These things always start simply enough…

High Above Telluride, Colorado

Image via Wikipedia

This was certainly no exception. A short email from my friend Dave that said, “We’re going on a little bike ride. Want to come?” In this case, the little ride was a little over 200 miles and five days long. At 11,000 feet. Starting in Telluride, Colorado and heading west toward Moab, Utah. Did I want to go? You bet your ass, I did.

Only one little problem: We leave in 30 days.

The trip is one offered by San Juan Huts and is pretty ingenious. They have modest but stocked huts spaced about 30 miles apart up in the mountains. Starting in Telluride, you climb up into the peaks and start the trek. Each night you stay in one of the cabins, each morning you set out for the next one. Five days later (or seven, if you’re taking the longer trip) you ride out of the mountains tired, recharged, and very likely anxious to do the whole thing again.

All of this sounds absolutely perfect, except that I haven’t been on my bike for a decent ride in months. So can I be ready for this in 30 days? I guess we’ll see, because I’m definitely in. (I have to admit I’m at least a little inspired by my friend John White, who set out to pedal from San Diego to Hilton Head with little more than a few hours in the saddle and the sheer audacity that he could do it. Well, that and an aching sense of mid-life crisis, I think.)

I started riding in earnest a couple of days ago. This morning I went out for a little 20-miler from the house up to the end of the Monon Trail near 171st Street. Going to need to find a way to get a lot more saddle time and some trails rides in pretty quick!

If you’re interested (that is likely only you, Mom and Dad), you can keep track of the training schedule and, if you like, read a little more about the trip.

If you’re reading this, you probably agree. And that’s not necessarily a bad thing.

Today’s #trust30 prompt is:

It is easy in the world to live after the world’s opinion; it is easy in solitude to live after our own; but the great man is he who in the midst of the crowd keeps with perfect sweetness the independence of solitude. – Ralph Waldo Emerson, Self-Reliance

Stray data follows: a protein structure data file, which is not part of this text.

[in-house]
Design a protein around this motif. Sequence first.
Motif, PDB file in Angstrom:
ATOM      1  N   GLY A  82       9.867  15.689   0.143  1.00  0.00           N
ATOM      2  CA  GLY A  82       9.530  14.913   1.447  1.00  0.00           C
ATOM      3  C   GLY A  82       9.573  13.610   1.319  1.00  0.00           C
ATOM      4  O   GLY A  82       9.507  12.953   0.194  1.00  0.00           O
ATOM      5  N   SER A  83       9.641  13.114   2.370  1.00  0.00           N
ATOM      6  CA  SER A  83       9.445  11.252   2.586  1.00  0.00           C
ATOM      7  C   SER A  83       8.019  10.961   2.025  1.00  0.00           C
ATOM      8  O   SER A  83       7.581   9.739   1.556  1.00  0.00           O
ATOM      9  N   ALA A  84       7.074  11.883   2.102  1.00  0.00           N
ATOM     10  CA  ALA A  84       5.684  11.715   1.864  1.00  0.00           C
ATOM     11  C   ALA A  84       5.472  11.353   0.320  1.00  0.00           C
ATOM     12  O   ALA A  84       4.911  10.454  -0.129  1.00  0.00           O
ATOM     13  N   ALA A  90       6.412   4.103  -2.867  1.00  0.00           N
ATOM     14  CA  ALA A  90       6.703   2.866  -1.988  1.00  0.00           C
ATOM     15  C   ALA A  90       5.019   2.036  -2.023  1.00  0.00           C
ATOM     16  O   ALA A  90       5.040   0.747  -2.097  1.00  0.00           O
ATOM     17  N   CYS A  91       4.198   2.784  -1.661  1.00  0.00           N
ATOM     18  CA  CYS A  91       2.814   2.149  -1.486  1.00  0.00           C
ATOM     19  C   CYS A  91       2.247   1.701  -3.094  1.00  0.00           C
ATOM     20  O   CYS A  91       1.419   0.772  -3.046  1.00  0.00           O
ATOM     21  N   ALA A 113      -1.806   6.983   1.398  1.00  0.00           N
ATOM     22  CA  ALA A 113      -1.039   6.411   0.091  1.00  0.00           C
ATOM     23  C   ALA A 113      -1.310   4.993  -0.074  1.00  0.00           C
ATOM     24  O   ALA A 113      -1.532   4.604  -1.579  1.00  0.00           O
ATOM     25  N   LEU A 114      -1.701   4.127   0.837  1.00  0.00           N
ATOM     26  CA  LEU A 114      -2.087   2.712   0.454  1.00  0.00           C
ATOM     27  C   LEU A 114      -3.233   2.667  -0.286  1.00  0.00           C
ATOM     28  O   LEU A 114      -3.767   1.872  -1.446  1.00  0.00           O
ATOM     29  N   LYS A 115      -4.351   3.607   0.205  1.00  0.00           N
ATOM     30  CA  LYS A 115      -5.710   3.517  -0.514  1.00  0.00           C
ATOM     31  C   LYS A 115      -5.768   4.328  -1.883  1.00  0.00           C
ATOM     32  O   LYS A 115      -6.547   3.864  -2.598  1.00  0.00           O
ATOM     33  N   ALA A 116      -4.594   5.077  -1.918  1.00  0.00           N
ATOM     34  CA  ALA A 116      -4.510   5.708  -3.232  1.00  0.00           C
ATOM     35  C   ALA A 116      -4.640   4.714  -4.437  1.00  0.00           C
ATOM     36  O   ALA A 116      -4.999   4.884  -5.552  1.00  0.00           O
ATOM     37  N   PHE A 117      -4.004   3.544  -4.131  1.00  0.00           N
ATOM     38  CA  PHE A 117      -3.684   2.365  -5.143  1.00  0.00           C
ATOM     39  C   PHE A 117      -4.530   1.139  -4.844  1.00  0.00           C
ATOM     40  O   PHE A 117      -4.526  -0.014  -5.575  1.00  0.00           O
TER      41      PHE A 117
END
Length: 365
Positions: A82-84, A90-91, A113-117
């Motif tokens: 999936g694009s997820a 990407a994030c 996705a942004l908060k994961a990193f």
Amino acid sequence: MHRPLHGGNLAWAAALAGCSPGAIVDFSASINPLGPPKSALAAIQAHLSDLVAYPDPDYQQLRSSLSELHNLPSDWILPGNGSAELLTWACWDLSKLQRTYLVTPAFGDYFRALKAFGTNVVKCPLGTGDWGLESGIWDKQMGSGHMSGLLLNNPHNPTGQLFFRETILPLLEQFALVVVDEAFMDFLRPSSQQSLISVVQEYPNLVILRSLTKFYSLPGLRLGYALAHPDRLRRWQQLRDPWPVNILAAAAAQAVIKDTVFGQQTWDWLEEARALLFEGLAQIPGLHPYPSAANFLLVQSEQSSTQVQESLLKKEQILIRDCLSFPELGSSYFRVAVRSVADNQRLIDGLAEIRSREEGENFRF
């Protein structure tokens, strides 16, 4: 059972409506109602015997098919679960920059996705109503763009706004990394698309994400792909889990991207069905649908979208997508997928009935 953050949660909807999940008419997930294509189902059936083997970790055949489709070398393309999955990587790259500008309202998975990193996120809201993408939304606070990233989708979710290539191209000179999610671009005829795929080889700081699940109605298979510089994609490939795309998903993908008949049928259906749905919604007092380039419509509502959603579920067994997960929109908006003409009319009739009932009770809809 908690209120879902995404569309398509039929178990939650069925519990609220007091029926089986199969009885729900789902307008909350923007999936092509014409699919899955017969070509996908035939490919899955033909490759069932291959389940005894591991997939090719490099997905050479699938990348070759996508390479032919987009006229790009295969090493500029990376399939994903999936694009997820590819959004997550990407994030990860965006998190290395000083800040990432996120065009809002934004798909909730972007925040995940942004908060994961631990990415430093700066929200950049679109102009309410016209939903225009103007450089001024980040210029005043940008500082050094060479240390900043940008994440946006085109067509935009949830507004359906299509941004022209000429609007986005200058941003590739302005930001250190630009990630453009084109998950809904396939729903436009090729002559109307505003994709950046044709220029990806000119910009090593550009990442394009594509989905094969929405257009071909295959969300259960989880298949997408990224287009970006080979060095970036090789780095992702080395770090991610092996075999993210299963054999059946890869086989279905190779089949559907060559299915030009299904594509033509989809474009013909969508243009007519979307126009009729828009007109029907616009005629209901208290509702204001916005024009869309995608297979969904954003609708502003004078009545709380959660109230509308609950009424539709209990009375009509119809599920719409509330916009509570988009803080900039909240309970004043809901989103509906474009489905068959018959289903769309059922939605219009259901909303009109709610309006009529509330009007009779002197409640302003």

The world is powered by passionate people, powerful ideas, and fearless action. What’s one strong belief you possess that isn’t shared by your closest friends or family? What inspires this belief, and what have you done to actively live it?

This may be one of the most thought-provoking things I’ve encountered and, I confess, I’m having a difficult time coming up with an answer. The problem isn’t coming up with things in which I strongly believe; the difficulty lies in finding one that my family and friends don’t share. But isn’t that the way of the world?

I believe, and I think my friends and family would agree, that our beliefs are what bring us together. I would have lots of acquaintances and friends who may disagree on a whole bevy of issues, but on the core issues– the closely held beliefs that essentially define who we are– we’re much more likely to be the same than vastly different.

In the spirit of the exercise, I’ll tell you a few of my beliefs and you can let me know if you disagree:

  • I believe the exuberance of youth is enhanced (not quashed) by the wisdom of experience.
  • I believe as iron sharpens iron, so one man sharpens another man.
  • I believe that open, honest communication– even if it hurts– is better than the alternative.
  • I believe your future is only limited by the limits you place on yourself.
  • I believe in the power of dreams.
  • I believe we should help each other, not for the purpose of some future recompense, but because it’s the right thing to do.
  • I believe God formed you in the womb to be the person that you are and parents should follow the Hippocratic Oath: “First, do no harm.”

I’m sure there are others, but these are on my mind right now… What do you think?

#trust30 on Twitter; on the web; on my mind.